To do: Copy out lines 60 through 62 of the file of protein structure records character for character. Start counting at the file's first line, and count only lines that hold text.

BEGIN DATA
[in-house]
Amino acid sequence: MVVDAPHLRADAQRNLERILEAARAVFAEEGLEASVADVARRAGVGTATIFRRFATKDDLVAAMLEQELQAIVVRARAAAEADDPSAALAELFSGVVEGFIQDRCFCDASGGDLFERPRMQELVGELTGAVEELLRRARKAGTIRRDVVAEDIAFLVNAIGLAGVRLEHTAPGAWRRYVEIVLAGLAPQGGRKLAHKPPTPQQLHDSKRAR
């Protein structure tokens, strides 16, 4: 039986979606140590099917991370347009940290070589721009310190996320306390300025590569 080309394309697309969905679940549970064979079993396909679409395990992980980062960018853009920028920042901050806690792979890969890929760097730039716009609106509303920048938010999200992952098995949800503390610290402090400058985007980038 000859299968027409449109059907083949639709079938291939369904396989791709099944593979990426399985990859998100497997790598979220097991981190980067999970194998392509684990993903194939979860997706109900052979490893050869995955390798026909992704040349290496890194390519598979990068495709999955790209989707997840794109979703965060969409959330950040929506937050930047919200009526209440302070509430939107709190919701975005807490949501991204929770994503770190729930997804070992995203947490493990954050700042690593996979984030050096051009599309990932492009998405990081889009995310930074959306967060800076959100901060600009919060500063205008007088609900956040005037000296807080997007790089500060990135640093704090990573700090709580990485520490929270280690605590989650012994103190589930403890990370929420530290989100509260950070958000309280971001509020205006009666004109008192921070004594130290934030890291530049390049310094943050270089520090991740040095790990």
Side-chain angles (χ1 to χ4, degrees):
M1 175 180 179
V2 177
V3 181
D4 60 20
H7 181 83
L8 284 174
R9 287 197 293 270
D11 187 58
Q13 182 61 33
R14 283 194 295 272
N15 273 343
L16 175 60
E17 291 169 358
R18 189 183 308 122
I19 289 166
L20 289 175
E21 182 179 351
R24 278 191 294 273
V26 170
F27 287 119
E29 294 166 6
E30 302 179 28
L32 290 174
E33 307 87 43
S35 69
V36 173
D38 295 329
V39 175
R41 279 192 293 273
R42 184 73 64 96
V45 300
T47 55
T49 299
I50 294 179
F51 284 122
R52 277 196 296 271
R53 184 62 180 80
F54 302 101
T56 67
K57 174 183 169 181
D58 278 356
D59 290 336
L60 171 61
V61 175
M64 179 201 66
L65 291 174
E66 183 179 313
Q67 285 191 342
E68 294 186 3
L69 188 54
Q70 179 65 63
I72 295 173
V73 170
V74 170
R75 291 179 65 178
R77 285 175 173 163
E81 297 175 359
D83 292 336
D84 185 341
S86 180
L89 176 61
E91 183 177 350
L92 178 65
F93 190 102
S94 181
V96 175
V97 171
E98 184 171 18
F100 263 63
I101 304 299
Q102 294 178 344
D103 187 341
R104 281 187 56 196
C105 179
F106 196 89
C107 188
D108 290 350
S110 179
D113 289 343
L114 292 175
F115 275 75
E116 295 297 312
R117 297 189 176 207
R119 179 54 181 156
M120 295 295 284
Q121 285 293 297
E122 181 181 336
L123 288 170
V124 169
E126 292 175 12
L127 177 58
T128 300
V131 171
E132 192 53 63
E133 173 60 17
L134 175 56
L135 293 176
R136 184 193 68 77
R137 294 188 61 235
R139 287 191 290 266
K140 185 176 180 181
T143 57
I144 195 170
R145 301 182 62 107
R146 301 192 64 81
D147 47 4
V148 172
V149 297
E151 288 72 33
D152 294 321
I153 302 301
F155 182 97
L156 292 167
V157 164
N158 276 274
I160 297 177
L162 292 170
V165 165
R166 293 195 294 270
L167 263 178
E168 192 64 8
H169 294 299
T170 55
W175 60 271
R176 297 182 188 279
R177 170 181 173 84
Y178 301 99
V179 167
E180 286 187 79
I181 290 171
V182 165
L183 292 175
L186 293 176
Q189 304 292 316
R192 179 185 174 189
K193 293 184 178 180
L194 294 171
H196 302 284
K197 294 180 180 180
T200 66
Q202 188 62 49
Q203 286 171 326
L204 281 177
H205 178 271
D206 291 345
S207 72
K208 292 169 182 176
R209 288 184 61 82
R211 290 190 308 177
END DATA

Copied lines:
R77 285 175 173 163
E81 297 175 359
D83 292 336